Glycoconjugate Journal

, Volume 31, Issue 4, pp 309–315 | Cite as

A biochemical and physicochemical comparison of two recombinant enzymes used for enzyme replacement therapies of hunter syndrome

  • Yo Kyung Chung
  • Young Bae Sohn
  • Jong Mun Sohn
  • Jieun Lee
  • Mi Sun Chang
  • Younghee Kwun
  • Chi Hwa Kim
  • Jin Young Lee
  • Yeon Joo Yook
  • Ah-Ra Ko
  • Dong-Kyu Jin


Mucopolysaccharidosis II (MPS II, Hunter syndrome; OMIM 309900) is an X-linked lysosomal storage disease caused by a deficiency in the enzyme iduronate-2-sulfatase (IDS), leading to accumulation of glycosaminoglycans (GAGs). For enzyme replacement therapy (ERT) of Hunter syndrome, two recombinant enzymes, idursulfase (Elaprase®, Shire Human Genetic Therapies, Lexington, MA) and idursulfase beta (Hunterase®, Green Cross Corporation, Yongin, Korea), are currently available in Korea. To compare the biochemical and physicochemical differences between idursulfase and idursulfase beta, we examined the formylglycine (FGly) content, specific enzyme activity, mannose-6-phosphate (M6P) content, sialic acid content, and in vitro cell uptake activity of normal human fibroblasts of these two enzymes.

The FGly content, which determines the enzyme activity, of idursulfase beta was significantly higher than that of idursulfase (79.4 ± 0.9 vs. 68.1 ± 2.2 %, P < 0.001). In accordance with the FGly content, the specific enzyme activity of idursulfase beta was significantly higher than that of idursulfase (42.6 ± 1.1 vs. 27.8 ± 0.9 nmol/min/μg protein, P < 0.001). The levels of M6P and sialic acid were not significantly different (2.4 ± 0.1 vs 2.4 ± 0.3 mol/mol protein for M6P and 12.3 ± 0.7 vs. 12.4 ± 0.4 mol/mol protein for sialic acid). However, the cellular uptake activity of the normal human fibroblasts in vitro showed a significant difference (Kuptake, 5.09 ± 0.96 vs. 6.50 ± 1.28 nM protein, P = 0.017).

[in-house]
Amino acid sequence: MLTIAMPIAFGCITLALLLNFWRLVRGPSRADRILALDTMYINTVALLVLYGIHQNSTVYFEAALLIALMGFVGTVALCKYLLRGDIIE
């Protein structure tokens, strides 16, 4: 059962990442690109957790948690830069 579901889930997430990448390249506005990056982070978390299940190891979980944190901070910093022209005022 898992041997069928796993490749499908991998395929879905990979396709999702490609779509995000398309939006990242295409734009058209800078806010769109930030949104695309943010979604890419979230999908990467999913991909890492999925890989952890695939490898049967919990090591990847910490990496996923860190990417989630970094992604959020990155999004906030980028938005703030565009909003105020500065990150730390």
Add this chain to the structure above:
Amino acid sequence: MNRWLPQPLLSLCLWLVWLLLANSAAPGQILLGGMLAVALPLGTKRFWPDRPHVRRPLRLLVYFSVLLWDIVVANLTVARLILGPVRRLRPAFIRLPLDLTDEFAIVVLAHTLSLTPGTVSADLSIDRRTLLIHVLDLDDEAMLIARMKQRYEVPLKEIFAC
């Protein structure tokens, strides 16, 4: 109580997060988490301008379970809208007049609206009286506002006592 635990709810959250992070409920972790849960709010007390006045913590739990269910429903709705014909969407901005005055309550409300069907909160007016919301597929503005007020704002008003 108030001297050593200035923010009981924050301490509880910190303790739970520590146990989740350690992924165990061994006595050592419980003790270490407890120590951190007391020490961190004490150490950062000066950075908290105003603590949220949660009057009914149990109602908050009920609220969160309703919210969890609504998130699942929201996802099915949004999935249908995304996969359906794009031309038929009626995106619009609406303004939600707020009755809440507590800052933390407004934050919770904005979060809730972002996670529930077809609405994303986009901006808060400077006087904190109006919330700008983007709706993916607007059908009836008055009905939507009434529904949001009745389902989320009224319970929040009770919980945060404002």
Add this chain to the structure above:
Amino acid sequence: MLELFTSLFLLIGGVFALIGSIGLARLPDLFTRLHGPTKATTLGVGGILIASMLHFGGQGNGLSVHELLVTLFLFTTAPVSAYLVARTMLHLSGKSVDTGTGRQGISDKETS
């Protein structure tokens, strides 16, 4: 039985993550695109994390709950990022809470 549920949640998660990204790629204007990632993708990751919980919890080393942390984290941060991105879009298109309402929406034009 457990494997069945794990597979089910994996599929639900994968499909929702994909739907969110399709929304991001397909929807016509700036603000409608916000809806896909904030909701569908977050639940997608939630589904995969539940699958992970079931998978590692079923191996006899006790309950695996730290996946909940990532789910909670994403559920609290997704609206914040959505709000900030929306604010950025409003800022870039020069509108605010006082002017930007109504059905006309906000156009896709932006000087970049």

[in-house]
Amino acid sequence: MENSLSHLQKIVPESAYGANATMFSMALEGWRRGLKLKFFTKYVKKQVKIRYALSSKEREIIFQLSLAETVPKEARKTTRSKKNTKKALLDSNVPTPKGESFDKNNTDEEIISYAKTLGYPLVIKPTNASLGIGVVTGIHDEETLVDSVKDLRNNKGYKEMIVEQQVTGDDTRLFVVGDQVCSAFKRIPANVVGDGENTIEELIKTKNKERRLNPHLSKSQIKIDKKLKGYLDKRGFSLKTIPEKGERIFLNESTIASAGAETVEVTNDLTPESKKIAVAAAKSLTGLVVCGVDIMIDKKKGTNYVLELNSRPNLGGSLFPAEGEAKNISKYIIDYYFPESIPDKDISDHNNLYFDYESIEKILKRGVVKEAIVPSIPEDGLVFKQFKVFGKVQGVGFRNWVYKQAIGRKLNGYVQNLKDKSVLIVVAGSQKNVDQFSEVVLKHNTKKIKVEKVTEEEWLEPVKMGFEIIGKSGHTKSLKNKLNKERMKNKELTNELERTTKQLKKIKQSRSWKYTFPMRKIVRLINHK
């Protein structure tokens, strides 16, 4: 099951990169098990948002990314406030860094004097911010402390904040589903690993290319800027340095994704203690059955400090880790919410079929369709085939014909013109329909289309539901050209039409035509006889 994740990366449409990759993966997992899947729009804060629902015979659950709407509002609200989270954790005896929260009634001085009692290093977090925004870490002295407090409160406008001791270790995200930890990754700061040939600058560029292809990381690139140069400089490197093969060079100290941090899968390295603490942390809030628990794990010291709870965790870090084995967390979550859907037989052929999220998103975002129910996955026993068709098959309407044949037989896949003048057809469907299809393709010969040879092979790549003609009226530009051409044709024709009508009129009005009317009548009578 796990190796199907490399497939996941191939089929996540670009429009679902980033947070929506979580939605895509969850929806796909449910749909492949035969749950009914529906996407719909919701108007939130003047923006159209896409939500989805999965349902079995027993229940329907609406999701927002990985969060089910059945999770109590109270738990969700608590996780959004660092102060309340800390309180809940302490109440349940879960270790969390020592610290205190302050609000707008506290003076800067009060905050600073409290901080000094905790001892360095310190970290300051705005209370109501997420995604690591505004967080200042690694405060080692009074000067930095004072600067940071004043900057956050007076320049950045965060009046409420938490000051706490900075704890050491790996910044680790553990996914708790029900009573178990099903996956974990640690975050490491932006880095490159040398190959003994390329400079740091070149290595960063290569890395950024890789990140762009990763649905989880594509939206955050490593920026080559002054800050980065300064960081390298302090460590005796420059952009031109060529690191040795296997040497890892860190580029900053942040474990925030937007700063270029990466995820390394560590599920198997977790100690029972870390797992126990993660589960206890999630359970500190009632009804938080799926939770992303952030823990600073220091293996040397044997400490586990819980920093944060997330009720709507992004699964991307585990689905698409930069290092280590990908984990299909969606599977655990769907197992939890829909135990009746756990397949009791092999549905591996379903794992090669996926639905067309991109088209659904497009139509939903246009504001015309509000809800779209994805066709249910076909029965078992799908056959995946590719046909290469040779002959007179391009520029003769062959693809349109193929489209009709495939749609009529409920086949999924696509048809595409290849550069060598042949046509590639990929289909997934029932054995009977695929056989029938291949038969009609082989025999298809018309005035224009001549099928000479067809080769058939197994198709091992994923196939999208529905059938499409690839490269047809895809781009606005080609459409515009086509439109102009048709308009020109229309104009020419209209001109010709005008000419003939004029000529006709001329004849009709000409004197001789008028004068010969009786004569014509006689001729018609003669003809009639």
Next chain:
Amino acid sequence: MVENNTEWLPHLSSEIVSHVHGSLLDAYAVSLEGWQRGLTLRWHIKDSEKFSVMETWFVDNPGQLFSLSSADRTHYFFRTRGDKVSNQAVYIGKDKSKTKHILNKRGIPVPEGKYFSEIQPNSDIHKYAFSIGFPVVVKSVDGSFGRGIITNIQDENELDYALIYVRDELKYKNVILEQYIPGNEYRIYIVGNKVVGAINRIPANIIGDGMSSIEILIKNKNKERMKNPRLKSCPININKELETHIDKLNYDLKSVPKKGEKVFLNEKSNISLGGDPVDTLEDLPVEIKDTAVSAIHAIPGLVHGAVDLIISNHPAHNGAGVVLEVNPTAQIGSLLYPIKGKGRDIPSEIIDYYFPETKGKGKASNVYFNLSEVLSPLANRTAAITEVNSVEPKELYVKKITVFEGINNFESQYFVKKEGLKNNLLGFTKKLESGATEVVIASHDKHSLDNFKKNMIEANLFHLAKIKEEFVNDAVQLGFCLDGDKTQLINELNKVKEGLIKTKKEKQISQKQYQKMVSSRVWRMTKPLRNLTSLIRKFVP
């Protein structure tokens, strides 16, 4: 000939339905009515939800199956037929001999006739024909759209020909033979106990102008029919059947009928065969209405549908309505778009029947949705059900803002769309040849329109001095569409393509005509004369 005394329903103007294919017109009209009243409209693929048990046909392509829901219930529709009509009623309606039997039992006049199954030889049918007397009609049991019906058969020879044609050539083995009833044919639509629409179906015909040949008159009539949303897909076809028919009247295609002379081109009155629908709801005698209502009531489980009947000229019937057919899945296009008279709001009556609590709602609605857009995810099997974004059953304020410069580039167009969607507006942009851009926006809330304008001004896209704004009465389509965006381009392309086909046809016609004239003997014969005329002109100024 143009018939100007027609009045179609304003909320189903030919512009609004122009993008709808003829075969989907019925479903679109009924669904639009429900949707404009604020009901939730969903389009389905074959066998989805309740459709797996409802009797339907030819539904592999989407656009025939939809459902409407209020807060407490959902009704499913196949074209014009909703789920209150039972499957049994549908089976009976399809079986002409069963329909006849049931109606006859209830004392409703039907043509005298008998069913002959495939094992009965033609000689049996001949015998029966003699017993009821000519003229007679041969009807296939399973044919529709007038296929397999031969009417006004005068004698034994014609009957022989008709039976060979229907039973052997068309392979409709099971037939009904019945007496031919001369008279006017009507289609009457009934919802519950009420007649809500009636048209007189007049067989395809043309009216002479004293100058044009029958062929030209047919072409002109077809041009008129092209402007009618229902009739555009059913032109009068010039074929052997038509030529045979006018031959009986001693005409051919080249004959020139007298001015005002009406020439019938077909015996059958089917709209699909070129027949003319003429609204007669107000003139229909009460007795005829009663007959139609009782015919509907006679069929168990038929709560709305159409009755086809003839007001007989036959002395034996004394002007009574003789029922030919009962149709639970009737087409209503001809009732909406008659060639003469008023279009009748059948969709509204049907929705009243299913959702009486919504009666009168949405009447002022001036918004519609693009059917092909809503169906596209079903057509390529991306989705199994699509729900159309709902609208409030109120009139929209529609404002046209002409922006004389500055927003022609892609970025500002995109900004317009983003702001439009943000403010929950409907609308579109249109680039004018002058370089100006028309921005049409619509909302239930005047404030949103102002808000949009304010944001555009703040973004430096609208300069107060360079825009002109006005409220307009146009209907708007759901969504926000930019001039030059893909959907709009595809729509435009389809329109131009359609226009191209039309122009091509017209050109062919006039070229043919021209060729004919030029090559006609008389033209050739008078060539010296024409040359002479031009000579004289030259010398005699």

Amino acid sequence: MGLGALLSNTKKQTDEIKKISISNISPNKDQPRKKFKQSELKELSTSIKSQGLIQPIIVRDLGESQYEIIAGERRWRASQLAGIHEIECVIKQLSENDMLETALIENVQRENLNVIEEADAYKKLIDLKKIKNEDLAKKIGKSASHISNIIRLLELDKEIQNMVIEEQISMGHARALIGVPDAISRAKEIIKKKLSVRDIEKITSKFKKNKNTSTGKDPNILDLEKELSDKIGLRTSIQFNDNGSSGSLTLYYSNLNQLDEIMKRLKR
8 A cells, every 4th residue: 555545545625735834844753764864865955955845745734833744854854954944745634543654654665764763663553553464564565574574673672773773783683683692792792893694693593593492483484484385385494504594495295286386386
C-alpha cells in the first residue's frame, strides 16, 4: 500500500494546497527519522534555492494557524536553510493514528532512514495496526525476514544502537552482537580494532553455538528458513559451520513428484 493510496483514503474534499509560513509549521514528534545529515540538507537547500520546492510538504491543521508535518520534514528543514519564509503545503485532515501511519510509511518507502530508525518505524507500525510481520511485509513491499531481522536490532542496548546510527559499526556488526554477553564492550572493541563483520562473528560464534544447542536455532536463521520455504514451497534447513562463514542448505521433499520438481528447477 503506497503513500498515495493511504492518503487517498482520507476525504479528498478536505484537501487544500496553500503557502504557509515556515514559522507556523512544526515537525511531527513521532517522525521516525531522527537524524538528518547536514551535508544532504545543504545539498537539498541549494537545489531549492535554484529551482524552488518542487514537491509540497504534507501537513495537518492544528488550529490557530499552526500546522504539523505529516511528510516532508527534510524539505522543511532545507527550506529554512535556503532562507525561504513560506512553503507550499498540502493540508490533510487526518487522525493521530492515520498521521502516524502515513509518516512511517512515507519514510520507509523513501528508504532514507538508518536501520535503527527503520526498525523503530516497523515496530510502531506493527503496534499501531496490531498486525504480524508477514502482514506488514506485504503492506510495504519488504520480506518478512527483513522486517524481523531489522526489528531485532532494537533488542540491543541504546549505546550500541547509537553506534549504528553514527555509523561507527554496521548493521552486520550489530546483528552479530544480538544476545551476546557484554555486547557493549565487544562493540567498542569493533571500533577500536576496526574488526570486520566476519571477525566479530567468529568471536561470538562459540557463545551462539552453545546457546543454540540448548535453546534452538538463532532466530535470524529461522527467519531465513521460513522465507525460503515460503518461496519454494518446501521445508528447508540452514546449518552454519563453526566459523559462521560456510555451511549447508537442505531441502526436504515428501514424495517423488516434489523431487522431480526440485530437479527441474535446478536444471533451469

In conclusion, idursulfase beta exhibited significantly higher specific enzyme activity than idursulfase, resulting from higher FGly content. These biochemical differences may be partly attributed to clinical efficacy. However, long-term clinical evaluations of Hunter syndrome patients treated with these two enzymes will be needed to demonstrate the clinical implications of significant difference of the enzyme activity and the FGly content.


Hunter syndrome MPS II Iduronate-2-sulfatase Formylglycine Mannose-6-phosphate Enzyme replacement therapy 



This study was sponsored by Green Cross Corp. (Yongin, Korea). This study was supported by a grant of the Korean Health Technology R&D Project, Ministry of Health & Welfare, Republic of Korea (A101779). We thank Myeong-suk Moon and Jun-mo Bae for helpful supporting on specific enzyme activity assay and in vitro cell uptake assay.

All of the authors have nothing to disclose.


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Copyright information

© Springer Science+Business Media New York 2014

Authors and Affiliations

  • Yo Kyung Chung
    • 1
    • 2
  • Young Bae Sohn
    • 3
  • Jong Mun Sohn
    • 2
  • Jieun Lee
    • 4
  • Mi Sun Chang
    • 4
  • Younghee Kwun
    • 4
  • Chi Hwa Kim
    • 5
  • Jin Young Lee
    • 6
  • Yeon Joo Yook
    • 6
  • Ah-Ra Ko
    • 6
  • Dong-Kyu Jin
    • 4
  1. 1.Department of Molecular Science and TechnologyAjou UniversitySuwonSouth Korea
  2. 2.Bioprocess EngineeringCentral Research Center, Green Cross CorporationYonginSouth Korea
  3. 3.Department of Medical GeneticsAjou University School of MedicineSuwonSouth Korea
  4. 4.Department of Pediatrics, Samsung Medical CenterSungkyunkwan University School of MedicineSeoulSouth Korea
  5. 5.Rare Diesase TeamMogam Biotechnology Research InstituteYonginSouth Korea
  6. 6.Clinical Research CenterSamsung Biomedical Research InstituteSeoulSouth Korea

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